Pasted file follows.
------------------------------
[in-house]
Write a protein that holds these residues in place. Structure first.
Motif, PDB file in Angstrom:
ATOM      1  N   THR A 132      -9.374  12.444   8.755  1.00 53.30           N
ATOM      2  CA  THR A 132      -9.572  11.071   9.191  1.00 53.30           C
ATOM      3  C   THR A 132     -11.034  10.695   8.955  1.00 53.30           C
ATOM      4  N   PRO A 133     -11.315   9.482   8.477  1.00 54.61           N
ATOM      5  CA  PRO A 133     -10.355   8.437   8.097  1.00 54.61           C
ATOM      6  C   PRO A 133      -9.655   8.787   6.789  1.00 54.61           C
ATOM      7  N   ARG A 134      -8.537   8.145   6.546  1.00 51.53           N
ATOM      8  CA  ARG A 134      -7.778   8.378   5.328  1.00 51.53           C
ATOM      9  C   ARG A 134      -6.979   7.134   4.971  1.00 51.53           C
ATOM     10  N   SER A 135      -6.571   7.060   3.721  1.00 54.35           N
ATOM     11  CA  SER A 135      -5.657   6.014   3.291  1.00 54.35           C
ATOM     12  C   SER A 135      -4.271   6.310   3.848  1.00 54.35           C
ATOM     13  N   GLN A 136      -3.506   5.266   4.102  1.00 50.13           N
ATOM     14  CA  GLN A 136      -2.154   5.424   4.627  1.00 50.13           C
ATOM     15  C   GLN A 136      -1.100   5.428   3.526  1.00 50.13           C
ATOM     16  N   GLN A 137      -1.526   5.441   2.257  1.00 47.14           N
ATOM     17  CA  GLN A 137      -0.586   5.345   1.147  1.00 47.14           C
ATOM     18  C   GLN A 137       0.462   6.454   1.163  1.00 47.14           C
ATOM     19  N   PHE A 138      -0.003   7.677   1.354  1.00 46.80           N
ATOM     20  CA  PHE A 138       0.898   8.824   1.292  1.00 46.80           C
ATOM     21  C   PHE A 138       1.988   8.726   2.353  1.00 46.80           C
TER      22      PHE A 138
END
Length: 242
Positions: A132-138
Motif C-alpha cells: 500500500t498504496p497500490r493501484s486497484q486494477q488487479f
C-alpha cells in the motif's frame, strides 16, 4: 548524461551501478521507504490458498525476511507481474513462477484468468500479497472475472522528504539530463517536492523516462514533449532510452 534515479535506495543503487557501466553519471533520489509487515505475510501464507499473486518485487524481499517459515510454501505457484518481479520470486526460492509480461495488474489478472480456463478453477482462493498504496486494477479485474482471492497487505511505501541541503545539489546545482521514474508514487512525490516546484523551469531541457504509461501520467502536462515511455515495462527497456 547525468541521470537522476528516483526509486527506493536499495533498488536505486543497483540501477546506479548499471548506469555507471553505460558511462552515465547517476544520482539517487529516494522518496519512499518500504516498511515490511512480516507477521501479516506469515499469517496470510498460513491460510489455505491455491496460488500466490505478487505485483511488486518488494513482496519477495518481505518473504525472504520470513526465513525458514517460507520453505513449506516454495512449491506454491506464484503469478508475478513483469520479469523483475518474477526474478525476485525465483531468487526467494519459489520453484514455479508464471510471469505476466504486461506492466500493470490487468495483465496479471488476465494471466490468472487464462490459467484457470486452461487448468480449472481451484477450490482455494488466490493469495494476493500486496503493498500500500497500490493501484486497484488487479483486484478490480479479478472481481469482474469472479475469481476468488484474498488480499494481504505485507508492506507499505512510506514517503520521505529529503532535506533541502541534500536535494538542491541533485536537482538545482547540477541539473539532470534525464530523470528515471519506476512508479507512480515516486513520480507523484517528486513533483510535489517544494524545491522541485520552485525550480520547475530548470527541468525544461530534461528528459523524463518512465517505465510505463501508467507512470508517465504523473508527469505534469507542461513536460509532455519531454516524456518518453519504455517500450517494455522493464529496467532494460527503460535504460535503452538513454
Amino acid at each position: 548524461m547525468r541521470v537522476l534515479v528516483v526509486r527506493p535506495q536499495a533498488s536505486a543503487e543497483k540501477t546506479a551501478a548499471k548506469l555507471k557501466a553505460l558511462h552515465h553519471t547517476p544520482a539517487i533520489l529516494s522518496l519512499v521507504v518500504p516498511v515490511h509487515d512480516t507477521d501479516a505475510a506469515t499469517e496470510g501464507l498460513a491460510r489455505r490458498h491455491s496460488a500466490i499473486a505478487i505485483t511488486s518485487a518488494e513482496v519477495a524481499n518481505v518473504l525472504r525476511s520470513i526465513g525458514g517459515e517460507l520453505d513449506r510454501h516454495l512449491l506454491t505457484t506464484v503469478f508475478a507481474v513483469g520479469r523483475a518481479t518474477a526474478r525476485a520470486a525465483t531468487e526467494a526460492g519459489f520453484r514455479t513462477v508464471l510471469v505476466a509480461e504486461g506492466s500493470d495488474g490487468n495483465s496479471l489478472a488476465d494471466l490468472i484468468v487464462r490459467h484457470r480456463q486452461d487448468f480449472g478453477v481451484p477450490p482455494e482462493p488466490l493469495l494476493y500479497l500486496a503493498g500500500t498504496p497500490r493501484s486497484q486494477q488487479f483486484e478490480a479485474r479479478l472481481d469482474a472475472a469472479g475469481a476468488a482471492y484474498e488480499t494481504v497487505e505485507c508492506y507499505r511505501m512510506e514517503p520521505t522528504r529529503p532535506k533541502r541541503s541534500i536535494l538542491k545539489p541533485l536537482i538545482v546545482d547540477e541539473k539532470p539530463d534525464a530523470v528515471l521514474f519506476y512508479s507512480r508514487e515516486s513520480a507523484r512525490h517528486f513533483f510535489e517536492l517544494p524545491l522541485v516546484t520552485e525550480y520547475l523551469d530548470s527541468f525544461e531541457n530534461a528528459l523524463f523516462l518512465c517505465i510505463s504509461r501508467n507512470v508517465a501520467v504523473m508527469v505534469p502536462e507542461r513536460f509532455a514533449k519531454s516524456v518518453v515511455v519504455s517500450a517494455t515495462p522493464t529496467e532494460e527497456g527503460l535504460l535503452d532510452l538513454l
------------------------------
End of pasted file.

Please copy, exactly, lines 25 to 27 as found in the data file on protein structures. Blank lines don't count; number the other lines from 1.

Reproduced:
TER      22      PHE A 138
END
Length: 242